We tend to think of escape pods as a science fiction trope: They jettison off of Star Destroyers or launch out the top of giant mechanical spiders just before Will Smith destroys them with a pun. But they're not all fictional: When everything has gone to hell, when the ship is sinking, when the shuttle is exploding, when that natural disaster is bearing down on you relentlessly, take hope. There actually might be an escape pod nearby ...
Ready to make everything just so much worse.
In the year 1500, Chinese bureaucrat Wan Hu attempted the first manned rocket flight by strapping hundreds of fireworks to his chair and lighting the fuse. He lifted a few feet off of the ground, and quite reasonably exploded. Roughly 500 years later, with the help of centuries of careful consideration and all the industriousness of mankind's collective genius, NASA sat down with intricate blueprints, cutting-edge technology and the greatest minds of the day, and said, "Hey, what ever happened to that rocket chair thing?"
This is the Lunar Escape System (LESS).
Not this. This is just a Chinese man exploding.
A sprocket of engineers (that's what you call a group of them -- we looked it up) called the Apollo Applications Program were planning a series of long-duration moon stays, and got all the way to the design stage before NASA pulled the plug. But the blueprints were already complete: AAP had laid out everything for these extended trips to Earth's moon. Even an escape system, should the lander fail after idle weeks spent on the abrasive lunar surface.
In the event of a lander failure, instead of curling up into a ball and seeing how many tears moon dust can absorb (Hint: It's zero. They just pool in your face mask), you could unpack the Lunar Escape System from beneath the ship, assemble it like an IKEA bookshelf, then siphon off fuel from the lander and strap yourself on.
"Oh dear God, the Allen wrench is missing!"
Yes, we meant "on": You sat on top of the damn thing. There were no walls, no ceiling. Just a chair, you and open space.
"Look, it says right here in the manual: You have to hold my hand if I ask."
Once you were belted into your hastily assembled rocket chair filled with stolen fuel, you simply aimed for that tiny glimmer of light in between the stars. That was your Command Module. It's been up there the whole time, orbiting the moon, ready to take you home. All you have to do is hit it ... exactly.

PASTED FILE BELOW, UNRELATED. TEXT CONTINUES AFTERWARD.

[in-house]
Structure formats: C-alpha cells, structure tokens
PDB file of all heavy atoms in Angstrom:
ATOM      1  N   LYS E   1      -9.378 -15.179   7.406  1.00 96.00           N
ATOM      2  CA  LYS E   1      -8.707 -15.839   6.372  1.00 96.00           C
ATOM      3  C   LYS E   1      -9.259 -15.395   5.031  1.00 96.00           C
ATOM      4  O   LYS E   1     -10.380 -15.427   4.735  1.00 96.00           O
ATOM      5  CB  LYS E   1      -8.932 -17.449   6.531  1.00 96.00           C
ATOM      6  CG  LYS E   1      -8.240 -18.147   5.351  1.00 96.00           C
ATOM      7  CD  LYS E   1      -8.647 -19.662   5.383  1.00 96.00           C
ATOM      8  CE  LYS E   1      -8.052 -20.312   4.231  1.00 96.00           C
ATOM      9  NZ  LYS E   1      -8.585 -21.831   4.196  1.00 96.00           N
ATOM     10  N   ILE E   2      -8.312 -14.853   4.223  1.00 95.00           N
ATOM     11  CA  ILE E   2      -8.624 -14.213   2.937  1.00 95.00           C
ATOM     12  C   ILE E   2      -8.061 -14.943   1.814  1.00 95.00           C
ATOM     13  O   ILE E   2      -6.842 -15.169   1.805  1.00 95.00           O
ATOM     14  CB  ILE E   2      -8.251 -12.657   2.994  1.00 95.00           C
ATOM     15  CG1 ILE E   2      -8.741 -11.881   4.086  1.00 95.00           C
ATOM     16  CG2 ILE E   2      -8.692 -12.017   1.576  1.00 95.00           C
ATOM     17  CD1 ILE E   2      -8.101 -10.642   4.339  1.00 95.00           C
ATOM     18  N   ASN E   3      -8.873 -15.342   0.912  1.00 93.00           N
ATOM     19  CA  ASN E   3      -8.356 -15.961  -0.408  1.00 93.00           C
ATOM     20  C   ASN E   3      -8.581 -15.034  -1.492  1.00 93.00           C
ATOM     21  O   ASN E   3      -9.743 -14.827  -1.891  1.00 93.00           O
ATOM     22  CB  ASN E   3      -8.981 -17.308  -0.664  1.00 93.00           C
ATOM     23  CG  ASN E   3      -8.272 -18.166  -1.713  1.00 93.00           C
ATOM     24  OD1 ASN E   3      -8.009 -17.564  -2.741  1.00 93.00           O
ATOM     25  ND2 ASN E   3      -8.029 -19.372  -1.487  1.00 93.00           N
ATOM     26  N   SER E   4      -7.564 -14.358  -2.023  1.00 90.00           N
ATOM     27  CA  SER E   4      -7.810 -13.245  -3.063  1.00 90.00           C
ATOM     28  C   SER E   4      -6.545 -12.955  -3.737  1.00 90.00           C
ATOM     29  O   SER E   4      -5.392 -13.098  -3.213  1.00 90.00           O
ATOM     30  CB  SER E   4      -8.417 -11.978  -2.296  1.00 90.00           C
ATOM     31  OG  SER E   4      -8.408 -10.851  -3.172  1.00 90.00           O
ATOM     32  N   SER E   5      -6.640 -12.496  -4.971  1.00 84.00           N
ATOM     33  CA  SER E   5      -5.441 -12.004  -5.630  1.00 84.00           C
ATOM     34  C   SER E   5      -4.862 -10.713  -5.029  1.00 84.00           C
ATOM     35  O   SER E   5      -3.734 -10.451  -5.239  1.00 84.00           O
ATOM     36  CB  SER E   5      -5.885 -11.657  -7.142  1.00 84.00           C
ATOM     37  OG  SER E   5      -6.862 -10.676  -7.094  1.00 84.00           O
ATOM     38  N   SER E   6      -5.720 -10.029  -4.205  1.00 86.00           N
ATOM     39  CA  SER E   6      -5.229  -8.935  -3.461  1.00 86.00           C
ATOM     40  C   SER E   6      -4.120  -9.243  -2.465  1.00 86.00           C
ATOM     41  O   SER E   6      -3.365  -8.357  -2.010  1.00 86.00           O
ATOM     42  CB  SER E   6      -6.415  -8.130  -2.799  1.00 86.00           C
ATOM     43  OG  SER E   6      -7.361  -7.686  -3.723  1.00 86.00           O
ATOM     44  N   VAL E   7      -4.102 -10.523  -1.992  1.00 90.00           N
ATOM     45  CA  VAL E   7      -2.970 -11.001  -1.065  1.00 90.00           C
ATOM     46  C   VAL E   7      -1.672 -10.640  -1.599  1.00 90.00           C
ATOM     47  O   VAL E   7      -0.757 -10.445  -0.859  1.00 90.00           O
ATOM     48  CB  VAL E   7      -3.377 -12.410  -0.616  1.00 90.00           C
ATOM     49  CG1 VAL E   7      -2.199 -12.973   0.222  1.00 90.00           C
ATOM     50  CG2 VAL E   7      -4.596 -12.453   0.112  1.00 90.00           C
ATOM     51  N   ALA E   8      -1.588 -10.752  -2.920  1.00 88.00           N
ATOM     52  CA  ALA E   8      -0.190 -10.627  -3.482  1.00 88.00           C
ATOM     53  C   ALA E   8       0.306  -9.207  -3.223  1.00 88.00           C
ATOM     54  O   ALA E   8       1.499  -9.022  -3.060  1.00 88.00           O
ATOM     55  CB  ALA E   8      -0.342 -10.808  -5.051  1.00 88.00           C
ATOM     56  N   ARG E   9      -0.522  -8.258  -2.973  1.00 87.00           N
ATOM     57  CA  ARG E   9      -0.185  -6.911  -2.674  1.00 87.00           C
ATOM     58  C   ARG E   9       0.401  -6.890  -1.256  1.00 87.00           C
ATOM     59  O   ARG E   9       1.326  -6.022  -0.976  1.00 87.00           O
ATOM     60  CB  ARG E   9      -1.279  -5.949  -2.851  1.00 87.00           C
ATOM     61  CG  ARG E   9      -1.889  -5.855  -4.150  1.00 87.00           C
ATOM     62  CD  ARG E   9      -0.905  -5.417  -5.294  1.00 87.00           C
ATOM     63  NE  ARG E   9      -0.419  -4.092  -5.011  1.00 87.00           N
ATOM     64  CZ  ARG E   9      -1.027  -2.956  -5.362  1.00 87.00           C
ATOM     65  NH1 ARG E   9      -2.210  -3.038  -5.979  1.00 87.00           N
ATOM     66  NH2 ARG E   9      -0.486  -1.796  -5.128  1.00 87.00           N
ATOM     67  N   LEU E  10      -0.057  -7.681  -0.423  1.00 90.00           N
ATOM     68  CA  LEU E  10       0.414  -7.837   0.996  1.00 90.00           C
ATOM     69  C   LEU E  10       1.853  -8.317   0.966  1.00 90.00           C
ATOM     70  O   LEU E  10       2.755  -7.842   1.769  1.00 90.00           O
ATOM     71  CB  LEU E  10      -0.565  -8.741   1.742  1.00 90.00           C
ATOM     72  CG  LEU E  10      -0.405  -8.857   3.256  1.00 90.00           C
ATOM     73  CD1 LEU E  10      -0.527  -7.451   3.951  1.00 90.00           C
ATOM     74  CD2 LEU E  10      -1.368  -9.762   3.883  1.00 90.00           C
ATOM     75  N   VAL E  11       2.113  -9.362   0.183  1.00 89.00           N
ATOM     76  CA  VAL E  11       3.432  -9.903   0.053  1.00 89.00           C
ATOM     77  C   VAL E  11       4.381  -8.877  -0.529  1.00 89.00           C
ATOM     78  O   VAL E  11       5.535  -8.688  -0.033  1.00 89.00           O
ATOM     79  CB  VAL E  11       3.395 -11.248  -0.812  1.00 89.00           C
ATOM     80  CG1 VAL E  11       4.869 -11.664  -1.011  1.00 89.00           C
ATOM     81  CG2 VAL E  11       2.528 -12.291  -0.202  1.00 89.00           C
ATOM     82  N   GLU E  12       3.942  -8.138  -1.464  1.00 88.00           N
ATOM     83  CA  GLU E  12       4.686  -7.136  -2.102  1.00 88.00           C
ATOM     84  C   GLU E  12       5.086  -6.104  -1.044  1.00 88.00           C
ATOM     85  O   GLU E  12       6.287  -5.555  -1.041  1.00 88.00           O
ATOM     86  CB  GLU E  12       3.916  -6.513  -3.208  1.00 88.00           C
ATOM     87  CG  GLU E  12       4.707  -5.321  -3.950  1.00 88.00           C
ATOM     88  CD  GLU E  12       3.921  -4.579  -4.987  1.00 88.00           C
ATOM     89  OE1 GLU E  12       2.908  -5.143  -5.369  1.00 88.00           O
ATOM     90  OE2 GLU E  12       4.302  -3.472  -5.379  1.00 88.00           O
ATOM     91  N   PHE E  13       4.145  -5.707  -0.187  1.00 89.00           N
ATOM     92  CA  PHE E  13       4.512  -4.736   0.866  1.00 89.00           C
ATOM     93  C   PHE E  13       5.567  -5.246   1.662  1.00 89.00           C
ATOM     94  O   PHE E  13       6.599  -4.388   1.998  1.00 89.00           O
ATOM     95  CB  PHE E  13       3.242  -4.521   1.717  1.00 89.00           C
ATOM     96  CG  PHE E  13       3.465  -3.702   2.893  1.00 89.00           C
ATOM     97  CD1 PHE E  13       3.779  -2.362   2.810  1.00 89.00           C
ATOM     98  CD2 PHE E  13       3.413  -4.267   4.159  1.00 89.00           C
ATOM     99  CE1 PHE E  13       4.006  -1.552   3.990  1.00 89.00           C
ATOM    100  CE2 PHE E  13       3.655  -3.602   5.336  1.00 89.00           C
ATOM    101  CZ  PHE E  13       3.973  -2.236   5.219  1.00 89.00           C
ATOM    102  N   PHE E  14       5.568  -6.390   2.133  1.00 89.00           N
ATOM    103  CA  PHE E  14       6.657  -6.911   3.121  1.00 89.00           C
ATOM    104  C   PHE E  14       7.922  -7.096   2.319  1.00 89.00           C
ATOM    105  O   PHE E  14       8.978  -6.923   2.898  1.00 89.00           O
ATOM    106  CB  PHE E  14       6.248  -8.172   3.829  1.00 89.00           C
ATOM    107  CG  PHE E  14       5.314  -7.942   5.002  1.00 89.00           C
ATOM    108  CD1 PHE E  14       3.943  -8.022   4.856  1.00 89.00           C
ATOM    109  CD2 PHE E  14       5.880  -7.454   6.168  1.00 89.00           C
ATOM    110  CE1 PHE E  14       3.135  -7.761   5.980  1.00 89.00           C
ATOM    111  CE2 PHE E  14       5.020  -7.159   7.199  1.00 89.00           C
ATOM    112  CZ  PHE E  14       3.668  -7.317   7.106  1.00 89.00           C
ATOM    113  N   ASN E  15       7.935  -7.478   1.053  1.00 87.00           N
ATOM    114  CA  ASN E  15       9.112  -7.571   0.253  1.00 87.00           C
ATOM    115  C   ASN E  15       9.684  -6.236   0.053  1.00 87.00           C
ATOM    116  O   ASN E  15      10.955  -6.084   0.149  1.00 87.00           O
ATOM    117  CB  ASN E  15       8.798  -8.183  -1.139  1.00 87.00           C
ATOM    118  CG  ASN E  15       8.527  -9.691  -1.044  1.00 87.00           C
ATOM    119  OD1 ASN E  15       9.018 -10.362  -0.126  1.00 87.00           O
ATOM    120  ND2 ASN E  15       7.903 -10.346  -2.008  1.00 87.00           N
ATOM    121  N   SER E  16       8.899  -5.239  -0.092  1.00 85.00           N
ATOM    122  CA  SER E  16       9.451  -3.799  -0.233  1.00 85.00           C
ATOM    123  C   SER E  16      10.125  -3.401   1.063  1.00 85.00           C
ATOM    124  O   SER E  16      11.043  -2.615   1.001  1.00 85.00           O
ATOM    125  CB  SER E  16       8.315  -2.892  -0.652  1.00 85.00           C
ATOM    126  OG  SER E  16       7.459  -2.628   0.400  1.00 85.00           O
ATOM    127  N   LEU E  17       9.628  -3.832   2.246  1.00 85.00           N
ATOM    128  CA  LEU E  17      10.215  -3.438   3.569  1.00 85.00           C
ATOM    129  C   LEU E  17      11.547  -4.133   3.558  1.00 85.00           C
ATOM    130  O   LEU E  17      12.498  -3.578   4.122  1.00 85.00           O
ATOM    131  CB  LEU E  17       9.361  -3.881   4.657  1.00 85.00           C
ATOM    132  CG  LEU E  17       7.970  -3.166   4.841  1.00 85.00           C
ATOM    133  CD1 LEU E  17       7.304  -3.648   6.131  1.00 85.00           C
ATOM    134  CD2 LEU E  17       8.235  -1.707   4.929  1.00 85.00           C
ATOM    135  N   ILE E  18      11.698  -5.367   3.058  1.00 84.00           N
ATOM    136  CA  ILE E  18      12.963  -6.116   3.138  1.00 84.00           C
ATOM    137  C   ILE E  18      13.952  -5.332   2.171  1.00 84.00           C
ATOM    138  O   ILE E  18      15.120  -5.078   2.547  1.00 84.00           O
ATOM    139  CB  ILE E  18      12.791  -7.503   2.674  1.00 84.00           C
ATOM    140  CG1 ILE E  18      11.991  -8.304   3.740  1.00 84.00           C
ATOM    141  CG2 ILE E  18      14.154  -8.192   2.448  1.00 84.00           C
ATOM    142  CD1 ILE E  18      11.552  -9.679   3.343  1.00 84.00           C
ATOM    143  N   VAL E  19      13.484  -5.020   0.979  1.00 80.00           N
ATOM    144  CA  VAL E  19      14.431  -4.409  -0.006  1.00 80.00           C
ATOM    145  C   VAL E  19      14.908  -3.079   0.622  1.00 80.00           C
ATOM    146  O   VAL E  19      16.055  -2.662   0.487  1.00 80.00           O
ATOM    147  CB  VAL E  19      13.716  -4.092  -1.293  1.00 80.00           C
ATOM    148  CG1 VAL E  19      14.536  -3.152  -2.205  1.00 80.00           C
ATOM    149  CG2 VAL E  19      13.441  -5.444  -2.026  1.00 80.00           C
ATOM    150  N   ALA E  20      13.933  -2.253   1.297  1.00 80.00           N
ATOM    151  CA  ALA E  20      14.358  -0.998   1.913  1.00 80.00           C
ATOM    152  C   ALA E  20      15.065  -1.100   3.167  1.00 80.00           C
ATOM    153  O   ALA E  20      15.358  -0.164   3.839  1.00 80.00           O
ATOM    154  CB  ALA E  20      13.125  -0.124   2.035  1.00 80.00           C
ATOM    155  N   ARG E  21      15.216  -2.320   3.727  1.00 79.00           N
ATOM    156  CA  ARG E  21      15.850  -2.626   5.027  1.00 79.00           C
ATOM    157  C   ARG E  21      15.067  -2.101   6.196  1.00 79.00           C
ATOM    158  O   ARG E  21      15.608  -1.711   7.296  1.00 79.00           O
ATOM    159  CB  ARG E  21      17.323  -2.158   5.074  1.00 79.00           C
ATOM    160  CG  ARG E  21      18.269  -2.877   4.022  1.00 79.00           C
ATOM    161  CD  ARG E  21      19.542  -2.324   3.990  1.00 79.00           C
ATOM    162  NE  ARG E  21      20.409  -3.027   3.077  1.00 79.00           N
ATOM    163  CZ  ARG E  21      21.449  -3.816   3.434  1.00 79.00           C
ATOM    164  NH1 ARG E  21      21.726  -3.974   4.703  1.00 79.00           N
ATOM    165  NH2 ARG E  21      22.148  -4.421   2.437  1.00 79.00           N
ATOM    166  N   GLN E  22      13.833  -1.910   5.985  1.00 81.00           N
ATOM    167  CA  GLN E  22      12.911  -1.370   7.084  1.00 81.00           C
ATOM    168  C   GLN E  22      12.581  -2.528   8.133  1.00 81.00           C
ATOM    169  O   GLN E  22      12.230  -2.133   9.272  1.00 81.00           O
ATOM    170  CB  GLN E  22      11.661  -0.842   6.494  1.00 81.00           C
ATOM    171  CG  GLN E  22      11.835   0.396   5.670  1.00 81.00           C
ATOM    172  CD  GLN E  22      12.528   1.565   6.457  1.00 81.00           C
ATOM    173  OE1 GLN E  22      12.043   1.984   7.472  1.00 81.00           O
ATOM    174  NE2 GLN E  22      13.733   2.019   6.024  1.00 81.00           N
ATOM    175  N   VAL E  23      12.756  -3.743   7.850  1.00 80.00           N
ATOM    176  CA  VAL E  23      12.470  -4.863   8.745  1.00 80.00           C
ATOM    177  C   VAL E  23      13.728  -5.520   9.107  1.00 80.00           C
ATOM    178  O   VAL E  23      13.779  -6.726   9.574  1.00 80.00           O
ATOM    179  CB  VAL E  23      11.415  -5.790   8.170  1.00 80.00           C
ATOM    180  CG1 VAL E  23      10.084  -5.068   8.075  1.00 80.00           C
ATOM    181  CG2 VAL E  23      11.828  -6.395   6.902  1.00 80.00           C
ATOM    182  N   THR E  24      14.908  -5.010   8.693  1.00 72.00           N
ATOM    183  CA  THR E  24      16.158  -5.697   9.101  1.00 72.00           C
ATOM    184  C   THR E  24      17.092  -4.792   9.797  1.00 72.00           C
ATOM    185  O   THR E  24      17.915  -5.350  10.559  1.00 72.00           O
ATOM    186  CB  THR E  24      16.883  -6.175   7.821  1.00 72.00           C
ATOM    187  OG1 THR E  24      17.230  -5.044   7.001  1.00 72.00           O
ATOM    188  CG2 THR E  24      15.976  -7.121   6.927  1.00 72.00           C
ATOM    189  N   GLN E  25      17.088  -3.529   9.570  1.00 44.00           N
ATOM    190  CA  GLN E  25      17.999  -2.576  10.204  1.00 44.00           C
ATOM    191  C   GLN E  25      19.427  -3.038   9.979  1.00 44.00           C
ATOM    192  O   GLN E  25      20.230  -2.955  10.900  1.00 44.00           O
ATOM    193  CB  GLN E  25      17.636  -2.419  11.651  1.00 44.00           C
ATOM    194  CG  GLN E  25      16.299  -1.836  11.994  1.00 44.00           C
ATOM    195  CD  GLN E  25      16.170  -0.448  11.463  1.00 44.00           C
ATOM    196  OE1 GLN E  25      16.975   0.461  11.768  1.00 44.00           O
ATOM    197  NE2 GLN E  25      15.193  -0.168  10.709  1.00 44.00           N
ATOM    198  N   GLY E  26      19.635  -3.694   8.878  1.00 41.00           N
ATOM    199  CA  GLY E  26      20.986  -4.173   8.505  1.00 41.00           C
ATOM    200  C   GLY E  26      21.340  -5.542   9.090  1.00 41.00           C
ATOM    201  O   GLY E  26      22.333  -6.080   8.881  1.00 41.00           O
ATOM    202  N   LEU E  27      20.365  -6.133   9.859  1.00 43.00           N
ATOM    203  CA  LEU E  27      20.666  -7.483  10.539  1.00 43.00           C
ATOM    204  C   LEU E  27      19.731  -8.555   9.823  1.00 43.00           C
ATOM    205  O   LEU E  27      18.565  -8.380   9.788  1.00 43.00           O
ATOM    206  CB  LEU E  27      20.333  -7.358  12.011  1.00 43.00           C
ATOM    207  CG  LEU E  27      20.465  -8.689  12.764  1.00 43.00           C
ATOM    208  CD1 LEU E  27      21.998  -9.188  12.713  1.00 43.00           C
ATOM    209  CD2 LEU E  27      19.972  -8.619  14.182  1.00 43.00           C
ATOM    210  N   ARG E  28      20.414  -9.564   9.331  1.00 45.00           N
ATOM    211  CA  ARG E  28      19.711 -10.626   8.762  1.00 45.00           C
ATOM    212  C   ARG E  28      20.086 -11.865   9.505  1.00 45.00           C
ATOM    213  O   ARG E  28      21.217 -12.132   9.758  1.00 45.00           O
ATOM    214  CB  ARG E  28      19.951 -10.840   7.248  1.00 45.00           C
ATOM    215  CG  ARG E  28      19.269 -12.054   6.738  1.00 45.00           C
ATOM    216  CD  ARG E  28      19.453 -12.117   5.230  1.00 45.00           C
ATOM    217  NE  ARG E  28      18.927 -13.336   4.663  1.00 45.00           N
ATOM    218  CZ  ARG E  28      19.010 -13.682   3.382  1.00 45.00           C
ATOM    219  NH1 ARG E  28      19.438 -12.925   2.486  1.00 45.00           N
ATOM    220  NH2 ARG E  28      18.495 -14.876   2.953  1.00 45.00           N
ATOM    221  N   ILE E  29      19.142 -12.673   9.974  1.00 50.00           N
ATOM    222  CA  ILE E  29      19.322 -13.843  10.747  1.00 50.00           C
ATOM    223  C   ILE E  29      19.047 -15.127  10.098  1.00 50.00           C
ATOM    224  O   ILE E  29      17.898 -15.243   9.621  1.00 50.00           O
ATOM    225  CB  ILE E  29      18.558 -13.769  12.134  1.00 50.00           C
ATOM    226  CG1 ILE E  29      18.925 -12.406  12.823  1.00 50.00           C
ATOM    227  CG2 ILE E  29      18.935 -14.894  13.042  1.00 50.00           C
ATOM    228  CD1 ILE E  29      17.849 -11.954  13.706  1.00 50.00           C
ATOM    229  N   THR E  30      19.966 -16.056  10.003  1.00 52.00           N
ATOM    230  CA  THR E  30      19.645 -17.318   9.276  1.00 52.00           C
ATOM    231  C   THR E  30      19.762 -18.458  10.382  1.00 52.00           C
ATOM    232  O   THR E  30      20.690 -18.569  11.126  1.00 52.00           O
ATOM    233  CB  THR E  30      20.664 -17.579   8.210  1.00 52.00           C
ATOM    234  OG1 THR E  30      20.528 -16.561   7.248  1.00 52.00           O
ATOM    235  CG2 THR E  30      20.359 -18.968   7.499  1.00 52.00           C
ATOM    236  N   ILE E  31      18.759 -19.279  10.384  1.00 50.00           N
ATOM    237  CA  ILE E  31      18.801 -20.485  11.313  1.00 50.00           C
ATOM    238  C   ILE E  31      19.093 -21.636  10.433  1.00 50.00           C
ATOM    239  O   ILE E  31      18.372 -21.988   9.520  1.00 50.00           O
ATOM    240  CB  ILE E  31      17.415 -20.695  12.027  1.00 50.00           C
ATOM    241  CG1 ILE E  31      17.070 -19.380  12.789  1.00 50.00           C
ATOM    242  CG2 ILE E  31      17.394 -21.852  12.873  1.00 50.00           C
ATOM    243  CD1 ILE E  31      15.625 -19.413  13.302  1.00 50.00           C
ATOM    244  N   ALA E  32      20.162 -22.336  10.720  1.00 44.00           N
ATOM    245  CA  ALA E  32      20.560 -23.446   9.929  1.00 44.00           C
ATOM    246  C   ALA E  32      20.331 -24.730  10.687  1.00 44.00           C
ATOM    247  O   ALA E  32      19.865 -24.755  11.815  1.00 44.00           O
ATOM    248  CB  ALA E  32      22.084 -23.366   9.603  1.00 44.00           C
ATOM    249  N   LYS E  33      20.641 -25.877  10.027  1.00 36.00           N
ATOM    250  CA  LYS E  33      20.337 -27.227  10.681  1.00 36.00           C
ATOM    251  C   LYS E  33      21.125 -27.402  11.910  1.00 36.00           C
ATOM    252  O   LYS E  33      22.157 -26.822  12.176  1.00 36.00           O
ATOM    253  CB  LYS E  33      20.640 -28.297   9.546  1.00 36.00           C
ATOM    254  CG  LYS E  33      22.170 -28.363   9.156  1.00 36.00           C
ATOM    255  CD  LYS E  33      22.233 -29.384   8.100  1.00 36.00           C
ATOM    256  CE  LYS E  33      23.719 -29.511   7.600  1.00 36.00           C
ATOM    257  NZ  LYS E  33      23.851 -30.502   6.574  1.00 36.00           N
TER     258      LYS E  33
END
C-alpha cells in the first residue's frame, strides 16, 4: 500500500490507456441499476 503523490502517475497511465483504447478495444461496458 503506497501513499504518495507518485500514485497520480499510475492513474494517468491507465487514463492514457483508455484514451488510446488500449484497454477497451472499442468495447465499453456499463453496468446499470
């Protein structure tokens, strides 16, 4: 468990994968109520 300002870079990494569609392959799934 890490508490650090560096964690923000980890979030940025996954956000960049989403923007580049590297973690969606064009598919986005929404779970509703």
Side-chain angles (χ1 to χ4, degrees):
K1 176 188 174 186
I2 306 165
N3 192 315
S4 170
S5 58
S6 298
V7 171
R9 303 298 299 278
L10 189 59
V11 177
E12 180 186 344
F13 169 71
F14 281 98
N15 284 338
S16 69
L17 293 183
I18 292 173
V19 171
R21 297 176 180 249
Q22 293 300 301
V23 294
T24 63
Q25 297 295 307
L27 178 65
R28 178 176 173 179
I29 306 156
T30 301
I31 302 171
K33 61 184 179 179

It's like threading a needle that's a mile away and made of burning death.
This was accomplished using math and explosions and little else: The computer was deemed "too heavy" to be necessary, so it was up to the copilot to run all the calculations on a scratchpad, trying to work out the precise trajectory of both the LESS and that pinprick of light miles up in space. And if he forgot to carry a 1 and delayed the pickup by a few hours, then you both died in a vacuum. Because the LESS had no life support systems, aside from the four hours of air in the suit's backpacks, much of which would likely be used in the preparation stages. If literally anything went less than perfectly -- if one external variable went wrong, or if any component failed -- two astronauts went hurtling off into the blackness of space on the worst Bungee Chair Ride in history.
Let's set the scene: You and your crew are manning one of America's finest early rockets, and by "finest" we of course mean "whatever we could slap together out of war surplus as fast as possible, cuz we got to beat those commies in this here game of space tag!"
Apparently terrible headlines predate the Internet.
We don't know why that NASA scientist is talking like a grizzled old prospector; it takes all kinds to make the world go 'round. Besides, you've got bigger things to worry about: The launch countdown just reached zero, the rockets are firing and holy shit, you're doing it! You're going to space! You're going ... sideways?
Oh. Well, that's it. You're dead. You had a good run, but everybody knows that rocket launches are like first impressions: You only get one chance at them, and if something goes wrong, everybody is on fire.